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brucie1dog 11-14-2012 05:17 PM

Moldy Paint Issue
 
I just had my house remodeled. They painted the closet with paint that did not have ammonia. Apparently the manufacturer deleted ammonia to make the pain more Green. After painting the closet had a bad smell and the contractor check the paint and said it was from the paint. They repainted the closet with Zinser 123 and then another coat of paint. It still smells like a can of condensed chicken soup or urine. Any suggestions? I need information as the contractor doesn't think it's that big of deal. Well he doesn't live here!:(

user1007 11-14-2012 05:26 PM

The odor should dissipate but leave the door open with a fan to improve the circulation.

Not sure I know what you mean about ammonia in paint.

chrisn 11-14-2012 05:30 PM

Quote:

Originally Posted by brucie1dog (Post 1052159)
I just had my house remodeled. They painted the closet with paint that did not ammonia.:huh: Apparently the manufacturer deleted ammonia to make the pain more Green. After painting the closet had a bad smell and the contractor check the paint and said it was from the paint. They repainted the closet with Zinser 123 and then another coat of paint. It still smells like a can of condensed chicken soup or urine. Any suggestions? I need information as the contractor doesn't think it's that big of deal. Well he doesn't live here!:(


ammonia?

brucie1dog 11-14-2012 05:36 PM

Ammonia
 
The contractor told me they normally put ammonia in the paint to kill mold and bacteria. It was painted a week ago and it still smells after leaving a fan on and the door open.

Brushjockey 11-14-2012 05:40 PM

The only time paint will smell funky is if it is old and spoiled.
The ammonia is not in every paint, and is not the reason for the funky odor ( unless it is a brand of paint that has an objectionable odor- but that will be different than "funky" )
I suspect they used old paint that had spoiled.

Brushjockey 11-14-2012 05:42 PM

Actually, ammonia has a "cat box" smell. Open up some and sniff, you'll know.
123 itself has a strong odor. But it is what it is.

brucie1dog 11-14-2012 11:08 PM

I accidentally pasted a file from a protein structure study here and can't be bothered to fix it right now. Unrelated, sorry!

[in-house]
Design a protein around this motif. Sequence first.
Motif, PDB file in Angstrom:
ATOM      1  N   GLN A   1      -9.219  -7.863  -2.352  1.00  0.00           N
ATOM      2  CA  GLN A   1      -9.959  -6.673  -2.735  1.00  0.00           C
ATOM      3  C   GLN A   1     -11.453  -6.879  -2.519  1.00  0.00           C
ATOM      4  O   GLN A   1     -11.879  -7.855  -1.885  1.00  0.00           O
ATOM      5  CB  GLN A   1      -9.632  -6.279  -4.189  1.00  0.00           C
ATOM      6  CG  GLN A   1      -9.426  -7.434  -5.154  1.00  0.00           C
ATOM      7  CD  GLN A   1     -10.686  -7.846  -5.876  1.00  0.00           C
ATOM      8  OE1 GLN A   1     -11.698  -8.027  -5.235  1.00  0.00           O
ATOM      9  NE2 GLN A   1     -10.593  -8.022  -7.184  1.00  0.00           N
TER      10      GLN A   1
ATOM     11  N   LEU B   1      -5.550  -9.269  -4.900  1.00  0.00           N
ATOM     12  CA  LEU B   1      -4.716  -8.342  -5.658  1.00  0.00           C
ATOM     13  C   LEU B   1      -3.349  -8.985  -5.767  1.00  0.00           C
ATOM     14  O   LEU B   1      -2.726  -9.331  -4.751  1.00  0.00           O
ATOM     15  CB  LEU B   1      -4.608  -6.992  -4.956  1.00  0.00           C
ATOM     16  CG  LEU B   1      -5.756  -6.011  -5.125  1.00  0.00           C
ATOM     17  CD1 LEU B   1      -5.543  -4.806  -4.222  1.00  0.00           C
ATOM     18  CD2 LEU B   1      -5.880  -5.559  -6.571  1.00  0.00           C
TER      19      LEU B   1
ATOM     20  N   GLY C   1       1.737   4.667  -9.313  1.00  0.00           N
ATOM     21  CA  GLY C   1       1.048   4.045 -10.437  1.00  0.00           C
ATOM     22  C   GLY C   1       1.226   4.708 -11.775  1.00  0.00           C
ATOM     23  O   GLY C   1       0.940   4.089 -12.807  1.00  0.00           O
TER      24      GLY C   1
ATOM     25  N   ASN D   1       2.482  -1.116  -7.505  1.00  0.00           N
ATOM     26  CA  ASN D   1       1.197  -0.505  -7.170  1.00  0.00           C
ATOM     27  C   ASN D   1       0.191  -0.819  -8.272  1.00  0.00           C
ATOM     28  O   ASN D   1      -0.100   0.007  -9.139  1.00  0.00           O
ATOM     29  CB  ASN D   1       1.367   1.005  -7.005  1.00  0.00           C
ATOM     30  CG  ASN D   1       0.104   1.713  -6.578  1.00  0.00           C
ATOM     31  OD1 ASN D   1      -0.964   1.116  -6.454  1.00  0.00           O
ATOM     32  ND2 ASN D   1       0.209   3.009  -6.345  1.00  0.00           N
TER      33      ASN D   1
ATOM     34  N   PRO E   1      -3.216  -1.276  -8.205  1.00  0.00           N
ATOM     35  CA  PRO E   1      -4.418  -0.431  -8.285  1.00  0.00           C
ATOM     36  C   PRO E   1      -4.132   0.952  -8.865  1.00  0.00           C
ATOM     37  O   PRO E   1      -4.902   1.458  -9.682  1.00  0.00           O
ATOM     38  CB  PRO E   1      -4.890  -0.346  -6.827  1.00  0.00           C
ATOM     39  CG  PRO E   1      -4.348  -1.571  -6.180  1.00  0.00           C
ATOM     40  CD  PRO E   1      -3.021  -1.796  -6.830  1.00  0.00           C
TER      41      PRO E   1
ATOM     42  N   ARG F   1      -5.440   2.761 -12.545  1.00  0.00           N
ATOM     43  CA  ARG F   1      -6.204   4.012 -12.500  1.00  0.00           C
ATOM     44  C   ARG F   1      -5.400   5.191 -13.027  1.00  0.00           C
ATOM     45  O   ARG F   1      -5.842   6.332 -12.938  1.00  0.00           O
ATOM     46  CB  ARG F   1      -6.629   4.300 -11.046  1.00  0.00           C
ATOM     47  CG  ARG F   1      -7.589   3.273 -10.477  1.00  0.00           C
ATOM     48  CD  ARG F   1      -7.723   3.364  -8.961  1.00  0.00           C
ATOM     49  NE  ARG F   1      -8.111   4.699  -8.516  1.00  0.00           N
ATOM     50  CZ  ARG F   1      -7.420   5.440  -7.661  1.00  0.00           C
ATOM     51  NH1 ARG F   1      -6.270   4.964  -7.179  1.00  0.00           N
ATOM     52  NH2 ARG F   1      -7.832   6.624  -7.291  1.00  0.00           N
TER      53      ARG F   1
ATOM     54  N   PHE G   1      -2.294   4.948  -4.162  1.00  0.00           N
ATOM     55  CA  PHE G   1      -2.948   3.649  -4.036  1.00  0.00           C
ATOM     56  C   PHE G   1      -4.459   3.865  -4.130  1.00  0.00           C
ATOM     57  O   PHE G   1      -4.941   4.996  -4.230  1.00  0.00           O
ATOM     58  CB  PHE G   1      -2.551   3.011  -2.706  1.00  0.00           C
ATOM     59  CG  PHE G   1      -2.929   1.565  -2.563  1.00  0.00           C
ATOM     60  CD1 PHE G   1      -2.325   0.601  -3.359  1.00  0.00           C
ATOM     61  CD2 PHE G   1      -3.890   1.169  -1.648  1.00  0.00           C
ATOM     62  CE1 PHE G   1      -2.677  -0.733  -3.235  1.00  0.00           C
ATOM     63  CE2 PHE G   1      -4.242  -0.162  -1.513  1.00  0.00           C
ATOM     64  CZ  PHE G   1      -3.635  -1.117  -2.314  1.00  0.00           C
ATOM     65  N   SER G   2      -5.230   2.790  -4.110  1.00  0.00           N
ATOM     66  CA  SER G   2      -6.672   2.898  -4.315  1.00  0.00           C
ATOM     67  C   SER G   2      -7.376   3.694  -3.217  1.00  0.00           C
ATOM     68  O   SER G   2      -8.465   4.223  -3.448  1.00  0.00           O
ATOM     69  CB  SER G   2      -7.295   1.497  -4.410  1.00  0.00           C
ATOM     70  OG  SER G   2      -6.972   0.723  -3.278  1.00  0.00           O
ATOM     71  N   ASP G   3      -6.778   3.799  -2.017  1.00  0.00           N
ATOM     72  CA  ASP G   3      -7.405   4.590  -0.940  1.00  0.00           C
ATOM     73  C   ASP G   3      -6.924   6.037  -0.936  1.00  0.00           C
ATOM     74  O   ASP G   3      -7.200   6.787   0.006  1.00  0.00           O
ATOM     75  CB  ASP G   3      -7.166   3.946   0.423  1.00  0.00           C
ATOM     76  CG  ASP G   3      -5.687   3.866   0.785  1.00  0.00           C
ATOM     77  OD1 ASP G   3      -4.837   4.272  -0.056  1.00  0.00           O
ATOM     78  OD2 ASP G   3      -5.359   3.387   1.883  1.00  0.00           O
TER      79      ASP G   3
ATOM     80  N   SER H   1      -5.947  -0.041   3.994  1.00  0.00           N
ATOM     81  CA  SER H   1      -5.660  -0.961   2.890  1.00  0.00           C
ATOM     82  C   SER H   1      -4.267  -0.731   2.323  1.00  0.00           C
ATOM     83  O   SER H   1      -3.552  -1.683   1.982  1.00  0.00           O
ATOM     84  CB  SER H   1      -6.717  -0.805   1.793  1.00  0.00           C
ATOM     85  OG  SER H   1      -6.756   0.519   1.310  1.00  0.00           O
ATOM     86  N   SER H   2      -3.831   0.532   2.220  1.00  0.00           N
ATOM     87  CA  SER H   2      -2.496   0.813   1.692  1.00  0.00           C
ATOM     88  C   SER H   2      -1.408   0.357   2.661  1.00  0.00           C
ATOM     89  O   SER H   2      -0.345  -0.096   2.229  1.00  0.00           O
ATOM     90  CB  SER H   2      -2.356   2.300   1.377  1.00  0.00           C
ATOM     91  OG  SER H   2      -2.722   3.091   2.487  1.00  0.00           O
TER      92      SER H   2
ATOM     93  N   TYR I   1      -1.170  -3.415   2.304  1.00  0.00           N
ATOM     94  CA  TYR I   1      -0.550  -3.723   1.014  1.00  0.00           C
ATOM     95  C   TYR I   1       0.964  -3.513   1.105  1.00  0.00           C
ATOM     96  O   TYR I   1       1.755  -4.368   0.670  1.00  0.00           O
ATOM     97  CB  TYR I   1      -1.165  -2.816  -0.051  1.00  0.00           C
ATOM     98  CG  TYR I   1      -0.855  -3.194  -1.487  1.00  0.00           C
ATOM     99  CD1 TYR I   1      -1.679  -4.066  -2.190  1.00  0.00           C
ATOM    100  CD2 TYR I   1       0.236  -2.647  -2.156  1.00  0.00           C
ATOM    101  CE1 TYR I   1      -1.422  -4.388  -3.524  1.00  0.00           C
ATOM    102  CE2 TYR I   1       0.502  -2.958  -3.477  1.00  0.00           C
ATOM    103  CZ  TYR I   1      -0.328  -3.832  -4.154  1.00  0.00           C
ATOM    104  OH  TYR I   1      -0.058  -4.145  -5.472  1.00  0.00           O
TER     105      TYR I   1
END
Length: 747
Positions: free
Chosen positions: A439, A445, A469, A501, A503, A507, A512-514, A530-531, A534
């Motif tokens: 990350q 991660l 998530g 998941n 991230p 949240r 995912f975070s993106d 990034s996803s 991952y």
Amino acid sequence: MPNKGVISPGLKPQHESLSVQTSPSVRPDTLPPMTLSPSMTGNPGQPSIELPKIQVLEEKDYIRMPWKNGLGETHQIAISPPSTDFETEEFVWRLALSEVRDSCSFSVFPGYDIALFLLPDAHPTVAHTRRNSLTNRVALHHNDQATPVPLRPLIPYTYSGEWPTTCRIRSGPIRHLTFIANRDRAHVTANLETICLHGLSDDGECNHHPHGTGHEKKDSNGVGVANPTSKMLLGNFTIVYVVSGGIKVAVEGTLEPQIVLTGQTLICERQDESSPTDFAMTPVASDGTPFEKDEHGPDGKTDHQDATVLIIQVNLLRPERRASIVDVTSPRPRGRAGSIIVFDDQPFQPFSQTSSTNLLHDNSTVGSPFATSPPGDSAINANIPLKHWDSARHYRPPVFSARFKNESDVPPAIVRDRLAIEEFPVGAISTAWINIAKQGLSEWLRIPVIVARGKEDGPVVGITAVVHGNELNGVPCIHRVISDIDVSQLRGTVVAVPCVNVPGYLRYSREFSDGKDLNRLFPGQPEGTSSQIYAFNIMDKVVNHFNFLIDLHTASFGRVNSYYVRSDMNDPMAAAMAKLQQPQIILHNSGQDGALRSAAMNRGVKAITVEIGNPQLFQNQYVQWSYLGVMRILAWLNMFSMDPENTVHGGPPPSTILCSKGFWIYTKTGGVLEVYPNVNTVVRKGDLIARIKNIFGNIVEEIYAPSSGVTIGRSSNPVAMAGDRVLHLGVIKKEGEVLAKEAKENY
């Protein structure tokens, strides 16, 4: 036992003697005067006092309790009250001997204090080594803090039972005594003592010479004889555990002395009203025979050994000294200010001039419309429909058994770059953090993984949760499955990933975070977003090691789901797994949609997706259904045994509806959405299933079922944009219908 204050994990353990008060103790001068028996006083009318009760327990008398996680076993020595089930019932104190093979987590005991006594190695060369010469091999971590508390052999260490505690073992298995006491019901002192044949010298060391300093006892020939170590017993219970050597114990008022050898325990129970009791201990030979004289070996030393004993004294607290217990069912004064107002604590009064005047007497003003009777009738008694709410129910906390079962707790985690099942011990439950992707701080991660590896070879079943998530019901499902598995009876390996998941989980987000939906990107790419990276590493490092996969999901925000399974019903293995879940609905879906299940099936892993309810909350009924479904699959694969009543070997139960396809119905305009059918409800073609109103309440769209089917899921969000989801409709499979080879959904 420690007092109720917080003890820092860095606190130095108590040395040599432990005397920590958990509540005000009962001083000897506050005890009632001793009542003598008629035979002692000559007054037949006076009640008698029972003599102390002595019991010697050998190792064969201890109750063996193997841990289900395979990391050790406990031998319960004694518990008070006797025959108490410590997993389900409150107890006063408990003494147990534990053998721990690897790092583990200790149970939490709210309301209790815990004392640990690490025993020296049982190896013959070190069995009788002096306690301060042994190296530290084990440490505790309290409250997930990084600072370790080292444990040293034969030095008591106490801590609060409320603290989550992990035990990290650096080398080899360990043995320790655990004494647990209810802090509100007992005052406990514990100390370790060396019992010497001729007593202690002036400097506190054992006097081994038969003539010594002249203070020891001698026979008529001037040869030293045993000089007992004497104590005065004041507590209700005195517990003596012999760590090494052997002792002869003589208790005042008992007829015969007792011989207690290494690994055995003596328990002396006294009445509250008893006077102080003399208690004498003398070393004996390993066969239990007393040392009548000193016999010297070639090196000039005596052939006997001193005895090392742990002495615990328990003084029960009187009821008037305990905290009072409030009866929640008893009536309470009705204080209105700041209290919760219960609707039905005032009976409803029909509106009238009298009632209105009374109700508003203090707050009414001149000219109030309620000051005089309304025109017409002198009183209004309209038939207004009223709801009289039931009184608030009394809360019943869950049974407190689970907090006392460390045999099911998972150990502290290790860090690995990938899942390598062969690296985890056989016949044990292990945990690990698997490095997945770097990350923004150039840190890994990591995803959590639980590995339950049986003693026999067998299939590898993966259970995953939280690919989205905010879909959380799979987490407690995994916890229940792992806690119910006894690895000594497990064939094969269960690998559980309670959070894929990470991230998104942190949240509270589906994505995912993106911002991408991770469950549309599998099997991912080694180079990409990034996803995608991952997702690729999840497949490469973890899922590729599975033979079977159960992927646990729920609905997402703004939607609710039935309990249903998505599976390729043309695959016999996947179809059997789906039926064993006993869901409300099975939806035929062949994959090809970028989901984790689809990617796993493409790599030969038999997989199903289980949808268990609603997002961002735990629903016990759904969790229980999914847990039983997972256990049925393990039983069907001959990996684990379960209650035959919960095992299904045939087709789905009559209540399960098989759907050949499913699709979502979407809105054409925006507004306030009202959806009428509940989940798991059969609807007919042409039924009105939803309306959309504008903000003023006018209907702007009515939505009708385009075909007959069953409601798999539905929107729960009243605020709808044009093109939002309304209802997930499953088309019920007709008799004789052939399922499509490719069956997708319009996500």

Zinser
 
Originally they were supposed to use Kilz, but they substituted the Zinser. Any difference? There was mold in the paint. You could see the mold in the unused paint they stored in the garage.

user1007 11-15-2012 12:06 AM

Quote:

Originally Posted by brucie1dog (Post 1052447)
Originally they were supposed to use Kilz, but they substituted the Zinser. Any difference? There was mold in the paint. You could see the mold in the unused paint they stored in the garage.

Zinser makes much better products than Kilz. Only the older oil-based kills is worth much.

Obviously unless you insisted they put on spoiled paint you have issue with them doing so. They should have known better. Obviously you know the source of the foul smell now.

chrisn 11-15-2012 04:30 AM

Quote:

Originally Posted by brucie1dog (Post 1052447)
Originally they were supposed to use Kilz, but they substituted the Zinser. Any difference? There was mold in the paint.:eek: You could see the mold in the unused paint they stored in the garage.


fire the idiots

ric knows paint 11-15-2012 08:13 AM

Quote:

Originally Posted by brucie1dog (Post 1052176)
The contractor told me they normally put ammonia in the paint to kill mold and bacteria. It was painted a week ago and it still smells after leaving a fan on and the door open.

To begin, manufacturers do not add ammonia to product to kill, or control mold or mildew. There are many acrylics that require an ammoniated surfactant (chemical soap) to allow all components to amalgamate in a continual and uniform manner...These surfactants also help determine the flow characteristics of product (rheology). That is the reason some acrylic products have an ammoniated smell to them - obviously, some more than others.

If the smell you're experiencing is from the surfactant, that should dissipate soon enough (and sometimes those will have a slight "urine" smell). However, if there was mold/mildew/bacteria in the can, I think it's safe to say the entire can was contaminated and that now has been introduced to your wall...which won't get better (and may even get worse).

It'd be interesting to know the brand of product your painter used as a finish - then have a rep from that company over for his/her opinion (best if that rep is not from the same location where your painter shops). If they determine the smell is due to mold/mildew/bacteria from the surface, ask their recommendation to resolve (in writing), then discuss with your painter. If that is the case, your painter has a responsibility to correct - but I don't think I'd trust his input on the proper means to resolve.

ToolSeeker 11-15-2012 09:12 AM

This guy may paint but i don't think he' a painter.:no:

Will22 11-15-2012 11:46 AM

Biocides (in can preservatives) are used in paints to prevent contamination from growing mold. The ammonia smell, as Ric says, is a surfactant. Lower- VOC formulations these days do not have solvents in them or extenders which would raise the VOC. Product storage and handling are essential in avoiding this problem. If the paint is spoiled (which would be obvious), it should not be applied in the first place.


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